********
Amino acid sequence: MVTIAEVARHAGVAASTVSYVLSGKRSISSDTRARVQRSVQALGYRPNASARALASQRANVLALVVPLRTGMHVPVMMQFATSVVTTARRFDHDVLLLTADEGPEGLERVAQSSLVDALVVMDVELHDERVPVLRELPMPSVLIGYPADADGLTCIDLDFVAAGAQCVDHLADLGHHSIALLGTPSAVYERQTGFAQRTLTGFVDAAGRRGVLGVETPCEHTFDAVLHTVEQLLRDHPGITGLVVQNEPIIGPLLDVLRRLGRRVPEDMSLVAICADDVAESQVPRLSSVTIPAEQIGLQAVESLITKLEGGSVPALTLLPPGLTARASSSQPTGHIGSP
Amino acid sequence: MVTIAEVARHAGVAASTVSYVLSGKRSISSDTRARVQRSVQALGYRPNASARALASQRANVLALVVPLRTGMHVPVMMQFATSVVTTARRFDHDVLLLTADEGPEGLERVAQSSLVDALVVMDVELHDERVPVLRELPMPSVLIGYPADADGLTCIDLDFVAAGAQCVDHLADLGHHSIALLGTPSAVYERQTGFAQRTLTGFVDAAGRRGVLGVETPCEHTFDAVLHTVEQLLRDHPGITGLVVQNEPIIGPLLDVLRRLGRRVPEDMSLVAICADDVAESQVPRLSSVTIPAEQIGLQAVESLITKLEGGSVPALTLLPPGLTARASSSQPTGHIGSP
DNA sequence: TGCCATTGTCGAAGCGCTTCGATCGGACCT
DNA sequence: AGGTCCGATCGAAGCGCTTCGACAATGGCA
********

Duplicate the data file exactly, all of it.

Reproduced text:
Amino acid sequence: MVTIAEVARHAGVAASTVSYVLSGKRSISSDTRARVQRSVQALGYRPNASARALASQRANVLALVVPLRTGMHVPVMMQFATSVVTTARRFDHDVLLLTADEGPEGLERVAQSSLVDALVVMDVELHDERVPVLRELPMPSVLIGYPADADGLTCIDLDFVAAGAQCVDHLADLGHHSIALLGTPSAVYERQTGFAQRTLTGFVDAAGRRGVLGVETPCEHTFDAVLHTVEQLLRDHPGITGLVVQNEPIIGPLLDVLRRLGRRVPEDMSLVAICADDVAESQVPRLSSVTIPAEQIGLQAVESLITKLEGGSVPALTLLPPGLTARASSSQPTGHIGSP
Amino acid sequence: MVTIAEVARHAGVAASTVSYVLSGKRSISSDTRARVQRSVQALGYRPNASARALASQRANVLALVVPLRTGMHVPVMMQFATSVVTTARRFDHDVLLLTADEGPEGLERVAQSSLVDALVVMDVELHDERVPVLRELPMPSVLIGYPADADGLTCIDLDFVAAGAQCVDHLADLGHHSIALLGTPSAVYERQTGFAQRTLTGFVDAAGRRGVLGVETPCEHTFDAVLHTVEQLLRDHPGITGLVVQNEPIIGPLLDVLRRLGRRVPEDMSLVAICADDVAESQVPRLSSVTIPAEQIGLQAVESLITKLEGGSVPALTLLPPGLTARASSSQPTGHIGSP
DNA sequence: TGCCATTGTCGAAGCGCTTCGATCGGACCT
DNA sequence: AGGTCCGATCGAAGCGCTTCGACAATGGCA